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Several months ago, I agreed to a new job in my company and I was transferred to my company's IT department. I agreed to this new job and departmental transfer because it would introduce me to a high-demand career and there was a significant bump in pay.

Before the transfer, I felt I was very successful and mostly fulfilled in my job. I truly felt like I was making difference in my company. I routinely provided deliverables for employees at the director-level and up. According to feedback from my supervisors and various coworkers, my work was above-average and highly-comprehensive . Many of my achievements in that role look terrific on my resume and will likely open up opportunities for me for years to come.

After transferring to the IT department of my company, I was given responsibilities that have very little to do with my new job title and written job description. My manager doesn't understand fundamental concepts about my job title and seems unable to assign responsibilities that pertain to the job I expected to do. When I mention those concepts, he quickly changes the conversation. He is now saying those concepts are low priority in the IT department. I requested to work on responsibilities that directly relate to the job I signed up for on several occasions, but that did not work.

I'm taking classes that directly pertain to my job title, but my boss said he will not provide assistance moving forward. On two occasions, I requested to go to one-day training sessions on cloud platform products that directly pertain to my profession and he said no each time.

There are many days when I can't easily reach my boss and when I do, I have to be very careful about how I word some questions and comments--a problem I never had with the managers I had in this company before this one.

A short time ago, I found out that my current manager has an intense hate my previous manager and the department I used to work in before the transfer, which makes me suspect that my departmental transfer was part of some type of a game. He doesn't care much for the work I did in the other department because I needed to use a data source that was slightly different from his preferred data source due to technological challenges the company was and is still facing.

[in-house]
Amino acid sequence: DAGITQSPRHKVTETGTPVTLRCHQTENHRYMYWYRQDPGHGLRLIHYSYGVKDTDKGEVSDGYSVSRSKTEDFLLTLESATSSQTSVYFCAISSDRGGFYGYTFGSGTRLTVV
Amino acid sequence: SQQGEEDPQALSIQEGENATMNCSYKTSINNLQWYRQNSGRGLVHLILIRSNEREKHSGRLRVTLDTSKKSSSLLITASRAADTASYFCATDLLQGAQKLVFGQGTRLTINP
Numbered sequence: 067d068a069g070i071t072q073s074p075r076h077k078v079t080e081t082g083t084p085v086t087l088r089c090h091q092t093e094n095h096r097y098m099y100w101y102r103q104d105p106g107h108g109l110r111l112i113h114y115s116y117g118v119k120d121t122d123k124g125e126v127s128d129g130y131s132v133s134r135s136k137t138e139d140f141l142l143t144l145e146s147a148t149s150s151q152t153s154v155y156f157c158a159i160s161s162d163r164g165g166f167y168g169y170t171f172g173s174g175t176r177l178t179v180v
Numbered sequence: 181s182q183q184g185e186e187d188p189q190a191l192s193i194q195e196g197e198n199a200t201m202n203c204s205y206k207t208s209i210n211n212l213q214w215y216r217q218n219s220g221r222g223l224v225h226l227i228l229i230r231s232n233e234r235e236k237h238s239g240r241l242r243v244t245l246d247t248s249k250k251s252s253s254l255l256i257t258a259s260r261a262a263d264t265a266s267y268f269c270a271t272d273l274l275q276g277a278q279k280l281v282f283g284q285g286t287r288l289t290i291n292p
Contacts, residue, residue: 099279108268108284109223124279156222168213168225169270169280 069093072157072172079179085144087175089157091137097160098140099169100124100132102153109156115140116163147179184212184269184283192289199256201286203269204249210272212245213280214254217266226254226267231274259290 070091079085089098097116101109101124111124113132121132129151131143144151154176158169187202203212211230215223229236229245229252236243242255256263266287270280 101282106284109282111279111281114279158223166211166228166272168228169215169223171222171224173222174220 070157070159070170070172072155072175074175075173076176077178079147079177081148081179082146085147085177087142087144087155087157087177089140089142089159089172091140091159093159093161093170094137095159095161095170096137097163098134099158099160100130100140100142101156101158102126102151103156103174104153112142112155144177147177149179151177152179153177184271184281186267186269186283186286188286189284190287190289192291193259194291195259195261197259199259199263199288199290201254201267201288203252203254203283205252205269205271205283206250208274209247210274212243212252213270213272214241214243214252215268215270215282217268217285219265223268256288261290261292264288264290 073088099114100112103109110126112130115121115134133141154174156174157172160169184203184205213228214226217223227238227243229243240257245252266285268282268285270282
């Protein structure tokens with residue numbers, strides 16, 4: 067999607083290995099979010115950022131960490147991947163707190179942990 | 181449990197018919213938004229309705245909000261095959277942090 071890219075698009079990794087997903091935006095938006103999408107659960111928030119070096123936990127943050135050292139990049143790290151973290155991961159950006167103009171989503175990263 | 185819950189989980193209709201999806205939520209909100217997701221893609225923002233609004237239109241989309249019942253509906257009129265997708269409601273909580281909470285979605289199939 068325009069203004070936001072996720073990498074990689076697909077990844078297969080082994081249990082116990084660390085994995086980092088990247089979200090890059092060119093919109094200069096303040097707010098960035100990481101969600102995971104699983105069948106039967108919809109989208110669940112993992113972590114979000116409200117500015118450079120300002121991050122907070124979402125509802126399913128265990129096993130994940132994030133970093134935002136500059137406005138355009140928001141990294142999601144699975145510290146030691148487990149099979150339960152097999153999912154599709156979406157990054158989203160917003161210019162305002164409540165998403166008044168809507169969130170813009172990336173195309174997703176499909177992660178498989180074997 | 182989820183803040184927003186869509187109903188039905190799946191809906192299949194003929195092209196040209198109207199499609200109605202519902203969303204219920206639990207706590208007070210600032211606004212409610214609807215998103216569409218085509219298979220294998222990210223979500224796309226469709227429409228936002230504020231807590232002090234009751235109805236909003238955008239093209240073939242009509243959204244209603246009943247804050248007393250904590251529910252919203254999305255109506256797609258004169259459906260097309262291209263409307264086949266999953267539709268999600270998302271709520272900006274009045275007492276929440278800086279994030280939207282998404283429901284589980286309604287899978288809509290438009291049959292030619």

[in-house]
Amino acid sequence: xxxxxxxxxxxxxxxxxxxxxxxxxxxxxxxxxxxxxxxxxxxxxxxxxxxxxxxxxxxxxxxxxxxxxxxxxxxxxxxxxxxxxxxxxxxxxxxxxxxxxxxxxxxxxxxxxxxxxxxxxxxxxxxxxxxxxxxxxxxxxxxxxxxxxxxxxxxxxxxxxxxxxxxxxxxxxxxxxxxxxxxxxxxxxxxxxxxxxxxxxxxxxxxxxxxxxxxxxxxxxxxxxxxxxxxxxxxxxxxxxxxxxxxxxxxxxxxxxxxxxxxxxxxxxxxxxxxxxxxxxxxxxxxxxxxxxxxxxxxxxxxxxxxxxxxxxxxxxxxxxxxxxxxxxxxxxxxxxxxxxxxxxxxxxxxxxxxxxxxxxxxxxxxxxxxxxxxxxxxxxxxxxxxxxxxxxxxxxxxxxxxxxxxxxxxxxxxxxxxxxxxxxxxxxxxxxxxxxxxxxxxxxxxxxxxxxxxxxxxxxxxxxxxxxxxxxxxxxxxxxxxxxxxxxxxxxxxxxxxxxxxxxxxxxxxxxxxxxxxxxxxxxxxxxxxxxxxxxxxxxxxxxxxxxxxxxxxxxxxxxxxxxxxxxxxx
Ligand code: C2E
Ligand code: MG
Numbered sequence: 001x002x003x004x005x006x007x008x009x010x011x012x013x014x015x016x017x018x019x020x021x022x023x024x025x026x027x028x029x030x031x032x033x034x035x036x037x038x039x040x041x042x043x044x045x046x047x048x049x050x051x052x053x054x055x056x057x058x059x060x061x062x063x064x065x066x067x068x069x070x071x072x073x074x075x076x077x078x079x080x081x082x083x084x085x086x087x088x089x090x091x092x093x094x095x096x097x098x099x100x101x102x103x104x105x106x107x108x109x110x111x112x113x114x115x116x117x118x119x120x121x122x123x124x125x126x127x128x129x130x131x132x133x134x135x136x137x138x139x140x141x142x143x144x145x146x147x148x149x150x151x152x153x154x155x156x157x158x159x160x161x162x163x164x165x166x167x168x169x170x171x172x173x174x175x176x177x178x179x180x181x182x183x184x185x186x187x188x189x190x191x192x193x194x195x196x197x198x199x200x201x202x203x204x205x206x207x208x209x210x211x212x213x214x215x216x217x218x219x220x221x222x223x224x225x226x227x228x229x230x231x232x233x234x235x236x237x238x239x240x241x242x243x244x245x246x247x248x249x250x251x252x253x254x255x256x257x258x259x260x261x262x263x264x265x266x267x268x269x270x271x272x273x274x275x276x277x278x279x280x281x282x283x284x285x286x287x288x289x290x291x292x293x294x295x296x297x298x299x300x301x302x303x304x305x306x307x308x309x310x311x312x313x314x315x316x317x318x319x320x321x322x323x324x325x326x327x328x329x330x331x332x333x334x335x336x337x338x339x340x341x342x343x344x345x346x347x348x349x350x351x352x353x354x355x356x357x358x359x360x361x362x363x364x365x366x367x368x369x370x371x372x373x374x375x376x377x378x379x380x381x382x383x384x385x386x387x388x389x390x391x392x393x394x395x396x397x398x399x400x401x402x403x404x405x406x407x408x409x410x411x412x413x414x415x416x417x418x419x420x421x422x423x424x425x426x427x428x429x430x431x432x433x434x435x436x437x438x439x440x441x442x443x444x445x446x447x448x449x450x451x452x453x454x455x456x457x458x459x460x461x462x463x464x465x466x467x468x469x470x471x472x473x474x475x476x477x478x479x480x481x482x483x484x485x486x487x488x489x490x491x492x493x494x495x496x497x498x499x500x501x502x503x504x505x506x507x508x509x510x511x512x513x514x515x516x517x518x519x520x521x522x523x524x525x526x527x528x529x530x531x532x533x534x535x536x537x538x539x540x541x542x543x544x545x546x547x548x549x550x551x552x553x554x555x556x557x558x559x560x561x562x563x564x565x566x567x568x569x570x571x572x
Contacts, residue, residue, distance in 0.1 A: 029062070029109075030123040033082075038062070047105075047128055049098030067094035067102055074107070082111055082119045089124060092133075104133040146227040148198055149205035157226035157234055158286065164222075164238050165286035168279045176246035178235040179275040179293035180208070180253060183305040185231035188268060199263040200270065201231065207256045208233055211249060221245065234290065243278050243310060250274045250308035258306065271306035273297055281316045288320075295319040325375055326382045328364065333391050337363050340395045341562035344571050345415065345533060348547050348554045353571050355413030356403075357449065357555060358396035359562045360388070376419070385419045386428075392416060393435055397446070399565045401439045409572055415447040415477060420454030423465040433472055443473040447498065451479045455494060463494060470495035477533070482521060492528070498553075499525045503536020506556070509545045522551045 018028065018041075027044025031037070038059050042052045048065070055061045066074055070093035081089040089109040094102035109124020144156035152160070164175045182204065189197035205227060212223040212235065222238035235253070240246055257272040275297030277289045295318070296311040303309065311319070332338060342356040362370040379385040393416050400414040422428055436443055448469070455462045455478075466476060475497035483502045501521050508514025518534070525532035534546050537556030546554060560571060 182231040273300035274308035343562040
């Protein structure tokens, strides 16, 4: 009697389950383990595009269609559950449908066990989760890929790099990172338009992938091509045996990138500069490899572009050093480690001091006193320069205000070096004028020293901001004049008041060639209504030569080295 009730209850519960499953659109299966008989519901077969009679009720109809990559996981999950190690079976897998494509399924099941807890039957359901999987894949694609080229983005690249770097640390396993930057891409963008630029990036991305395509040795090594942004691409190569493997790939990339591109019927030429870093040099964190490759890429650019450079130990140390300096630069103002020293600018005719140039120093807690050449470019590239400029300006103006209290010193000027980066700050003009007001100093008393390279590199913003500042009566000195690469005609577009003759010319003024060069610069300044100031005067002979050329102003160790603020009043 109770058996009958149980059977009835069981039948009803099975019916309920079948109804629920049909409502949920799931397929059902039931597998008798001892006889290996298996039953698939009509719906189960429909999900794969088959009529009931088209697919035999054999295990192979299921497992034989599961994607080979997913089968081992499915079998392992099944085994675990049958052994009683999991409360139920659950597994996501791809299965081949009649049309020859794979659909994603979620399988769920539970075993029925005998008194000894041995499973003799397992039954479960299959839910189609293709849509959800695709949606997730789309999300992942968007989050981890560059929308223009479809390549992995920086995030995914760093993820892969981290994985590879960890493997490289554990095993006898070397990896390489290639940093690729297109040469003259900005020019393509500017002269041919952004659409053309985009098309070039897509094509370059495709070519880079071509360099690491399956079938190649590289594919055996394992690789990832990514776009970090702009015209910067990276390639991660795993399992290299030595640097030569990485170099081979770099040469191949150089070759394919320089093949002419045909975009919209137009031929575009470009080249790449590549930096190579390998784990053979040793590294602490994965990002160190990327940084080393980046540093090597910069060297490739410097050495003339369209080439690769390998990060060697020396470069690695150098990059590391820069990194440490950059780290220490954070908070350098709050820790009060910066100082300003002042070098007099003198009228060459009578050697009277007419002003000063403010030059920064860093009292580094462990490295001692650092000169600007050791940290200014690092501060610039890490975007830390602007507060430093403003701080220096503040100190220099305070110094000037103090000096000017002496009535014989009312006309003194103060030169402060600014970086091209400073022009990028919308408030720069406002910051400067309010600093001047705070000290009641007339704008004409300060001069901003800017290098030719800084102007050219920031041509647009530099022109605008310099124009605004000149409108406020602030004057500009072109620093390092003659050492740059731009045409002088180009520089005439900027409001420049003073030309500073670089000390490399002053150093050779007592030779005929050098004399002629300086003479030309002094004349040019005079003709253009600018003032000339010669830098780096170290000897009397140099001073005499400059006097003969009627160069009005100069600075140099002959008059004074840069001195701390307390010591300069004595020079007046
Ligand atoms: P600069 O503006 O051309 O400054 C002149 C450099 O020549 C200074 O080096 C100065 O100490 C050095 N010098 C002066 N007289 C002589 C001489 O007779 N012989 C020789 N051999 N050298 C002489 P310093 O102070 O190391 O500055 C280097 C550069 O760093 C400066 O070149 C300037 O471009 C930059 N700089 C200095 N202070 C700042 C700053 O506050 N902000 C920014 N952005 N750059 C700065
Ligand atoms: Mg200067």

Interestingly, my boss was actually directly warned by the CEO of our company about a situation pivotal to his team's performance and, long story short, he's officially on a one-year notice to improve or else--a relatively unusual occurrence.

I'm trying to interview for other jobs to get away from this unusual situation, but my manager is starting to keep a close watch on the vacation hours I'm using. It seems he's angling to find an excuse to fire me and he's going to use my repeated requests to use my vacation hours as a reason.

How can I avoid being terminated by this manager before finding a new job? I would hate to have to explain this termination every single time I apply for jobs in the future when the premise of it seems underhanded based on what I observed. I'm not even sure how I would explain it. How do I handle this situation in general?

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my boss was actually directly warned by the CEO of our company about a situation pivotal to his team's performance...he's officially on a one-year notice to improve or else

This seems like something you can use. Do you have a direct line to the CEO (e.g. email address)? You could let your CEO know about things like:

I'm taking classes that directly pertain to my job title, but my boss said he will not provide assistance moving forward. On two occasions, I requested to go to one-day training sessions on cloud platform products that directly pertain to my profession and he said no each time.

and

There are many days when I can't easily reach my boss and when I do, I have to be very careful about how I word some questions and suggestions--a problem I never had with the managers I had in this company before this one.

Those would probably be things any party considering your boss's performance would be interested in knowing about. I'd let them know about those types of things. I presume you didn't post the details here for personal reasons, but be aware to be as specific as possible when you relay the details to people at your company.